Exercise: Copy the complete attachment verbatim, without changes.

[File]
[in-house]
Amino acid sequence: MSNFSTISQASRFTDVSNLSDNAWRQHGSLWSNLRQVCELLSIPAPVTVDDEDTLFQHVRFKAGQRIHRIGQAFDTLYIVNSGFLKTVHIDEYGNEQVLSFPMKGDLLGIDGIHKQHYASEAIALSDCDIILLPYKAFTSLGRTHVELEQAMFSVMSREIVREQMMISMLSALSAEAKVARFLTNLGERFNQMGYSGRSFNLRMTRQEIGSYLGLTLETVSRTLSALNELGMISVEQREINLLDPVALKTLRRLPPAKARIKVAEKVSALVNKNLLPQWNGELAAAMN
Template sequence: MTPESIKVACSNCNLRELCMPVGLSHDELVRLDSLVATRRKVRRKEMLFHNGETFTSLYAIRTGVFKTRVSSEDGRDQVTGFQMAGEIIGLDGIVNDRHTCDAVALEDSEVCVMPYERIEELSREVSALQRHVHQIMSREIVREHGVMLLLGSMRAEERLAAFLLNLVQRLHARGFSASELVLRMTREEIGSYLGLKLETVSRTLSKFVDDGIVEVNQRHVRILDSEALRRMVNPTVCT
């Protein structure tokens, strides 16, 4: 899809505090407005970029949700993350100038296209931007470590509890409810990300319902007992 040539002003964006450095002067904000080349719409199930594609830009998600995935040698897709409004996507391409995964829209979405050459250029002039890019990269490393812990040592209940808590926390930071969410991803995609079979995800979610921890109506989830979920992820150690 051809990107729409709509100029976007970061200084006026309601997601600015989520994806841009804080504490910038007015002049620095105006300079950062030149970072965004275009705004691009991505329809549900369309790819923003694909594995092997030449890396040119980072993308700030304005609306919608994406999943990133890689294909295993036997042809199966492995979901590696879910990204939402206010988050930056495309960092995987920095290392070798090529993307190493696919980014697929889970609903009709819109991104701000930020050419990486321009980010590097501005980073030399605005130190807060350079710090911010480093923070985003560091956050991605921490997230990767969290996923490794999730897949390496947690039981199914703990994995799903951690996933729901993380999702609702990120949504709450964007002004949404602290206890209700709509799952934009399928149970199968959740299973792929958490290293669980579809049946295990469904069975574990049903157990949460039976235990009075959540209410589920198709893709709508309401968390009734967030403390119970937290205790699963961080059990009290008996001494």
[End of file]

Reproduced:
[in-house]
Amino acid sequence: MSNFSTISQASRFTDVSNLSDNAWRQHGSLWSNLRQVCELLSIPAPVTVDDEDTLFQHVRFKAGQRIHRIGQAFDTLYIVNSGFLKTVHIDEYGNEQVLSFPMKGDLLGIDGIHKQHYASEAIALSDCDIILLPYKAFTSLGRTHVELEQAMFSVMSREIVREQMMISMLSALSAEAKVARFLTNLGERFNQMGYSGRSFNLRMTRQEIGSYLGLTLETVSRTLSALNELGMISVEQREINLLDPVALKTLRRLPPAKARIKVAEKVSALVNKNLLPQWNGELAAAMN
Template sequence: MTPESIKVACSNCNLRELCMPVGLSHDELVRLDSLVATRRKVRRKEMLFHNGETFTSLYAIRTGVFKTRVSSEDGRDQVTGFQMAGEIIGLDGIVNDRHTCDAVALEDSEVCVMPYERIEELSREVSALQRHVHQIMSREIVREHGVMLLLGSMRAEERLAAFLLNLVQRLHARGFSASELVLRMTREEIGSYLGLKLETVSRTLSKFVDDGIVEVNQRHVRILDSEALRRMVNPTVCT
């Protein structure tokens, strides 16, 4: 899809505090407005970029949700993350100038296209931007470590509890409810990300319902007992 040539002003964006450095002067904000080349719409199930594609830009998600995935040698897709409004996507391409995964829209979405050459250029002039890019990269490393812990040592209940808590926390930071969410991803995609079979995800979610921890109506989830979920992820150690 051809990107729409709509100029976007970061200084006026309601997601600015989520994806841009804080504490910038007015002049620095105006300079950062030149970072965004275009705004691009991505329809549900369309790819923003694909594995092997030449890396040119980072993308700030304005609306919608994406999943990133890689294909295993036997042809199966492995979901590696879910990204939402206010988050930056495309960092995987920095290392070798090529993307190493696919980014697929889970609903009709819109991104701000930020050419990486321009980010590097501005980073030399605005130190807060350079710090911010480093923070985003560091956050991605921490997230990767969290996923490794999730897949390496947690039981199914703990994995799903951690996933729901993380999702609702990120949504709450964007002004949404602290206890209700709509799952934009399928149970199968959740299973792929958490290293669980579809049946295990469904069975574990049903157990949460039976235990009075959540209410589920198709893709709508309401968390009734967030403390119970937290205790699963961080059990009290008996001494």